Lawmakers jumping onto energy bill bandwagon

Bud Albright, who served as chief of staff to then-House Energy and Commerce Chairman Joe Barton (R-Texas) during the tough negotiations that led to the sweeping 2005 energy law, said that effort benefited from early agreement by all parties that they would produce a comprehensive bill.

“There’s going to be tough decisions, and everyone’s going to be a part of the decisionmaking process,” recalled Albright, now a lobbyist with Ogilvy Government Relations.

Expectations over the current energy push are somewhat tempered by tensions between the GOP and the White House, which is wary of negotiating with Republicans who bring vastly different policy objectives to the table.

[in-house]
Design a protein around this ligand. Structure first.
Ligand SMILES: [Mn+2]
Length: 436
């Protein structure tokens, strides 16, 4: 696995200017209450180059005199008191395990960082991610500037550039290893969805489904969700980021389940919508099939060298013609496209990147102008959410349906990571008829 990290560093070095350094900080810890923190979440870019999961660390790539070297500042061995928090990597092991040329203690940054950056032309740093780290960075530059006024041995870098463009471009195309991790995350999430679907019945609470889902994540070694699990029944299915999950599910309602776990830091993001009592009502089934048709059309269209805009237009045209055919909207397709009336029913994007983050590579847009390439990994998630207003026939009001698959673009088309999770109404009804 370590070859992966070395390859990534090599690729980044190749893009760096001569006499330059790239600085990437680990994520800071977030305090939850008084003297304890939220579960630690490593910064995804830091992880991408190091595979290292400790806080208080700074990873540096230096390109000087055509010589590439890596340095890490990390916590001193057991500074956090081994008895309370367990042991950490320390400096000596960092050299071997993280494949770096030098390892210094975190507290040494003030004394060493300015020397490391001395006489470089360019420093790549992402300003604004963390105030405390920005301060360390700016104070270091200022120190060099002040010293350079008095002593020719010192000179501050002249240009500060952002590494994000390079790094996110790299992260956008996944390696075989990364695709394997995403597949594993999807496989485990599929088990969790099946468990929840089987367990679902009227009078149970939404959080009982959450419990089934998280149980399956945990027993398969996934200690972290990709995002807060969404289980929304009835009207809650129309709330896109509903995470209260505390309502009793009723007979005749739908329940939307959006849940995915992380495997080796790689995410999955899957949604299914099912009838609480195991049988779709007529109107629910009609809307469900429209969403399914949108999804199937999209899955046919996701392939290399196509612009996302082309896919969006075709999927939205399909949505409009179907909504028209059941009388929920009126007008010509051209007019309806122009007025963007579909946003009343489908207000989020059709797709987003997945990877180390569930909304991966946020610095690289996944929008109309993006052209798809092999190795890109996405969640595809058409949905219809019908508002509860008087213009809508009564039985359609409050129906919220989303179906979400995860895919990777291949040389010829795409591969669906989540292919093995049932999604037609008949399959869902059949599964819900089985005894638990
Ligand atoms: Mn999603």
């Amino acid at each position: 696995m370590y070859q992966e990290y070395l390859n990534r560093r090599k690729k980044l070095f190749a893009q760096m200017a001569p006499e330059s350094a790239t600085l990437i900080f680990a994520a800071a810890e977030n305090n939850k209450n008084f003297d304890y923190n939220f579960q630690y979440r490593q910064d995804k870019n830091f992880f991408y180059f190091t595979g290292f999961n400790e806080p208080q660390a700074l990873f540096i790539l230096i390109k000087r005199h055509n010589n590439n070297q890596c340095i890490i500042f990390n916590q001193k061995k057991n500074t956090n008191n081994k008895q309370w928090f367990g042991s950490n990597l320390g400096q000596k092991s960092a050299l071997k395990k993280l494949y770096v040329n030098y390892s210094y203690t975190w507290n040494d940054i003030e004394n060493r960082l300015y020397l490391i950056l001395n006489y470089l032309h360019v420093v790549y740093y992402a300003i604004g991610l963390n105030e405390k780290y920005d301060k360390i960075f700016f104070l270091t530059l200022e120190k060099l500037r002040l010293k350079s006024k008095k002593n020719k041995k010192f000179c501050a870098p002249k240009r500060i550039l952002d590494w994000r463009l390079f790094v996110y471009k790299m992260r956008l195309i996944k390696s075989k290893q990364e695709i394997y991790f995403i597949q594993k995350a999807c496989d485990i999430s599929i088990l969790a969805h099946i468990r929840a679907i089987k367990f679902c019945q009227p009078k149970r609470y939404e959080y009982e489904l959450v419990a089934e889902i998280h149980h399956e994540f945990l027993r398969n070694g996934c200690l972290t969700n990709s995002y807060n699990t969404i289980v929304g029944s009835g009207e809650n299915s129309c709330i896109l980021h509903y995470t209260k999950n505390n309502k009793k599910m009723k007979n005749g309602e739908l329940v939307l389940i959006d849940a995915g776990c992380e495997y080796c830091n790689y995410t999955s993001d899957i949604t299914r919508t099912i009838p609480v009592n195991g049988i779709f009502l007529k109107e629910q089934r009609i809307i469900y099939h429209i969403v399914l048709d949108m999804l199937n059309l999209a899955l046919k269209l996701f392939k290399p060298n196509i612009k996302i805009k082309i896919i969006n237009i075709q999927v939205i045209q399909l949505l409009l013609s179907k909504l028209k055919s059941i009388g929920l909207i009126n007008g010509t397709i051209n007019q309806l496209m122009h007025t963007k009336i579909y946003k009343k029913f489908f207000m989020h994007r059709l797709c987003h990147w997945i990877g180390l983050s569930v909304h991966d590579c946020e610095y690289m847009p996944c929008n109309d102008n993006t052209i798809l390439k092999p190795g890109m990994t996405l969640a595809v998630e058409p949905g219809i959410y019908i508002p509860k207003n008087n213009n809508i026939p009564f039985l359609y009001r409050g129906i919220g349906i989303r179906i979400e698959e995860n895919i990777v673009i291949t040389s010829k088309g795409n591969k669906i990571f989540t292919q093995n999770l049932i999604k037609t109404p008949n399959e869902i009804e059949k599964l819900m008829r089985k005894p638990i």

“I’m not sure they’ve decided what they want to do at this point,” Albright said of GOP leaders. “They’re trying this piecemeal to see what we can do. … And I think it’s a good strategy” given the political environment.

For his part, current House Energy and Commerce Chairman Fred Upton (R-Mich.) yesterday said he had not spoken directly with Bishop about energy legislation, but indicated he was content to let each committee exercise its jurisdictional prerogatives.

“I know our leadership is looking to move a number of energy bills the end of next month, and we hope to be ready with some ourselves,” he said.